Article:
Rare Heart Inflammation Following COVID-19 Vaccination Sparks Emergency CDC Meeting

Ailan Evans

The Centers for Disease Control and Prevention will discuss reports of a rare heart inflammation following doses of mRNA-based COVID-19 vaccines in an emergency meeting, it announced Thursday.

The emergency meeting, set to take place on June 18, will include updates on mRNA COVID-19 vaccine safety with a specific focus on rare reports of myocarditis and pericarditis, Scott Pauley of the CDC told The Daily Caller News Foundation. The risks and benefits of administering the mRNA COVID-19 vaccines to adolescents and young adults will also be discussed, according to the meeting’s agenda.

The announcement comes following a presentation to the Food and Drug Administration by Dr. Tom Shimabukuro, deputy director of the CDC’s Immunization Safety Office, confirming 226 cases of myocarditis/pericarditis in people under 30. These cases are more than twice what was expected under the FDA’s safety assessment for COVID-19 vaccines.

“We clearly have an imbalance there,” Shimabukuro told NBC News.

“It is hard to deny that there’s some event that seems to be occurring in terms of myocarditis,” said Dr. Cody Meissner, chief of pediatric infectious diseases at the Tufts Children’s Hospital in Boston, according to NBC.

Myocarditis and pericarditis are inflammations of the heart that include symptoms of chest pain, labored breathing, and heart damage, according to the CDC. Primarily afflicting people under 30, most reported cases have been mild, with the vast majority able to return home after a single hospital visit, NBC reports.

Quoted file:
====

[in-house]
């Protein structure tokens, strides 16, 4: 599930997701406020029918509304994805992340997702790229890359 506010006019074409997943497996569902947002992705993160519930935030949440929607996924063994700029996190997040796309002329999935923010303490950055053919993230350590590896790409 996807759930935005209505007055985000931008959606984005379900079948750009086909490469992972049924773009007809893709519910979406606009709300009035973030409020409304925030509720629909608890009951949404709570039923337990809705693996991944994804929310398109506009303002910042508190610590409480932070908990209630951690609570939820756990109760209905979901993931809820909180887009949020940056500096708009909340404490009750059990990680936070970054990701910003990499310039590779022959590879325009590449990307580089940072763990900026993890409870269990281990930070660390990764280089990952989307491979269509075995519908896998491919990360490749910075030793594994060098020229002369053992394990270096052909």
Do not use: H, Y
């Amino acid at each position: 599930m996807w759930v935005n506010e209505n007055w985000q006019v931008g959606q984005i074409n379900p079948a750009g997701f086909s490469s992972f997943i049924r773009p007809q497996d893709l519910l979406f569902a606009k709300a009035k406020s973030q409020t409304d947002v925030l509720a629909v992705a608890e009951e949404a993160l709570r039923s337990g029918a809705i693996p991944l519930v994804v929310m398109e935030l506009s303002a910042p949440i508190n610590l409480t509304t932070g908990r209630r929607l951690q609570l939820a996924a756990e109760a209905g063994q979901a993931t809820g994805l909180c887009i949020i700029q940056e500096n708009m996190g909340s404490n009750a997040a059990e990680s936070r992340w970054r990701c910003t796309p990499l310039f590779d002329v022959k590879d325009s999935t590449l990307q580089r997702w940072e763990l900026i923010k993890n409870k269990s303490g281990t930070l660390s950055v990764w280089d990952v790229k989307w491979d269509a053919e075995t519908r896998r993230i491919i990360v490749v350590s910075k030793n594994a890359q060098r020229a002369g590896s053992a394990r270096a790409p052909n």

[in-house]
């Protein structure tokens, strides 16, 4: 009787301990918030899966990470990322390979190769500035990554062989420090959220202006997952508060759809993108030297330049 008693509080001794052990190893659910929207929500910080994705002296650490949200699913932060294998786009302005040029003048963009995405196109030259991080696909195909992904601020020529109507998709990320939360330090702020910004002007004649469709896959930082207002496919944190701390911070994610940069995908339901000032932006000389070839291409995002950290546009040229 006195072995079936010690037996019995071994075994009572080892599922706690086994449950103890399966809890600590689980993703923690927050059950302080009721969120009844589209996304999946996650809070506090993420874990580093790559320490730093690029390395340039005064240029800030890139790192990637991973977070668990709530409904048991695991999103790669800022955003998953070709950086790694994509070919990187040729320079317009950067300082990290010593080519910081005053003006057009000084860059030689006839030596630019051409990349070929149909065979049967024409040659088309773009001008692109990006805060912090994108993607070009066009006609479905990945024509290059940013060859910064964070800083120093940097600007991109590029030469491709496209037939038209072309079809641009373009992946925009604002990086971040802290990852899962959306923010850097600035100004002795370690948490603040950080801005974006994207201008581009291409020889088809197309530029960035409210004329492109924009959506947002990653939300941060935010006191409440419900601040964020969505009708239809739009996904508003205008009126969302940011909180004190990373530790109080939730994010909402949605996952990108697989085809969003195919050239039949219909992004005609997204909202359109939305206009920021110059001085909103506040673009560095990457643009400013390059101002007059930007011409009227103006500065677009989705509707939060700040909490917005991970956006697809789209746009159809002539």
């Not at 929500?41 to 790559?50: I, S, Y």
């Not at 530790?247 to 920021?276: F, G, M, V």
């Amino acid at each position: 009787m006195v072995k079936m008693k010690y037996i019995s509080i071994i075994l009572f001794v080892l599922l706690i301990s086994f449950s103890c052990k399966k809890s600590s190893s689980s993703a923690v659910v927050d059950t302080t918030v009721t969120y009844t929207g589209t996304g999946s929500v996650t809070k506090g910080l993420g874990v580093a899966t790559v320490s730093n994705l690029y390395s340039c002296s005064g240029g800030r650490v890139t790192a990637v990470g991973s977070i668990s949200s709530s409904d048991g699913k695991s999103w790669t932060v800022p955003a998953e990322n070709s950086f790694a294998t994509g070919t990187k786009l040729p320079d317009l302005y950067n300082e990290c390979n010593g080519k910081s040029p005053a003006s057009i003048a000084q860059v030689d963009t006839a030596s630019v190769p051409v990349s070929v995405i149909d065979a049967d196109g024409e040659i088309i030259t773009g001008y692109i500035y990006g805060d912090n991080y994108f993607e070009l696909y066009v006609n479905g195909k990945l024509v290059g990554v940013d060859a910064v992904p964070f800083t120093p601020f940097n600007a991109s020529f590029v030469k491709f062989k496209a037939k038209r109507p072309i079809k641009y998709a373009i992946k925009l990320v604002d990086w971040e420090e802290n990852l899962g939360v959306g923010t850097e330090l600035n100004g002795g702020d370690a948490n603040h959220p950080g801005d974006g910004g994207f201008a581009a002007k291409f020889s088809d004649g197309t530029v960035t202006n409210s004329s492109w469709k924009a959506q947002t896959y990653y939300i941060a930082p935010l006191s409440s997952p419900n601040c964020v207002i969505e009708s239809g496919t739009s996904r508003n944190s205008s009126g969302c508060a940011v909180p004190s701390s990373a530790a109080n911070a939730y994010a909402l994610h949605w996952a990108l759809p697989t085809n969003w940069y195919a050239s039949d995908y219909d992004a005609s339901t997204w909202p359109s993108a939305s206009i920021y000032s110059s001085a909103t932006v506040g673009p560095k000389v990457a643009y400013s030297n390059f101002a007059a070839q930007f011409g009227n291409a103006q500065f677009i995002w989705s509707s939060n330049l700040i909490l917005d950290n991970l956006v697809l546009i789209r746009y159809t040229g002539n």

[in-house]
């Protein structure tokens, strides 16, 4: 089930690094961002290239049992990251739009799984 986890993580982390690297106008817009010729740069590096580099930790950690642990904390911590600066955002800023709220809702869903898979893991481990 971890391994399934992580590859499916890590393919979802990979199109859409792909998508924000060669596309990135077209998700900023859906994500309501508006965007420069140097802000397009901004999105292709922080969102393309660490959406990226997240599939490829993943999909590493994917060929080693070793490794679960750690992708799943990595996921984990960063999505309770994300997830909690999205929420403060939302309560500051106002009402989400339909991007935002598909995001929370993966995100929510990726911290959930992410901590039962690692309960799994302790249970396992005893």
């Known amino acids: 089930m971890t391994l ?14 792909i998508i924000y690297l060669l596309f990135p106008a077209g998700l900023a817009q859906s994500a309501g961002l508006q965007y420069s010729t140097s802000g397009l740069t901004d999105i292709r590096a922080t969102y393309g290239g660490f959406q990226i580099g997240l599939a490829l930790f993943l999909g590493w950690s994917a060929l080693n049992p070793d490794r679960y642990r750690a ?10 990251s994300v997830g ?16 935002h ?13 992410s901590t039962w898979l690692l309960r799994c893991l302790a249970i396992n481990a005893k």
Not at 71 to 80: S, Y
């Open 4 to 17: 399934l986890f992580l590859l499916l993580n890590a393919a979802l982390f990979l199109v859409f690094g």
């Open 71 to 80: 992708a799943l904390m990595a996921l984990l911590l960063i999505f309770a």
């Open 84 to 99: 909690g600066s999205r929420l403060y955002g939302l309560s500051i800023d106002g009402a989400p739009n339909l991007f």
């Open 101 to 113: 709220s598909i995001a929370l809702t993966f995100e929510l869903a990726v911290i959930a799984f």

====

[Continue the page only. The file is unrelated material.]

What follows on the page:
“It’s a bit of an apples-to-oranges comparison because, again, these are preliminary reports. Not all these will turn out to be true myocarditis or pericarditis reports,” Shimabukuro said, according to CBS News.

The emergency meeting comes following the FDA’s approval of the Pfizer mRNA vaccine for children as young as twelve. The drug company is currently performing clinical trials of the vaccine on children ages five to eleven.

Moderna filed Thursday for FDA authorization to give its mRNA vaccine to young teens.

 


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William Hicks

As a person at risk with comorbidities, I hose to take the Pfizer inoculation. My choice.
Those either not at risk or have active antibodies should not be required to have an inoculation.
Follow the science, not whimsical politicians edicts.Decisions should be based on risk/benefit. If the risk outweighs the benefit, don’t do it.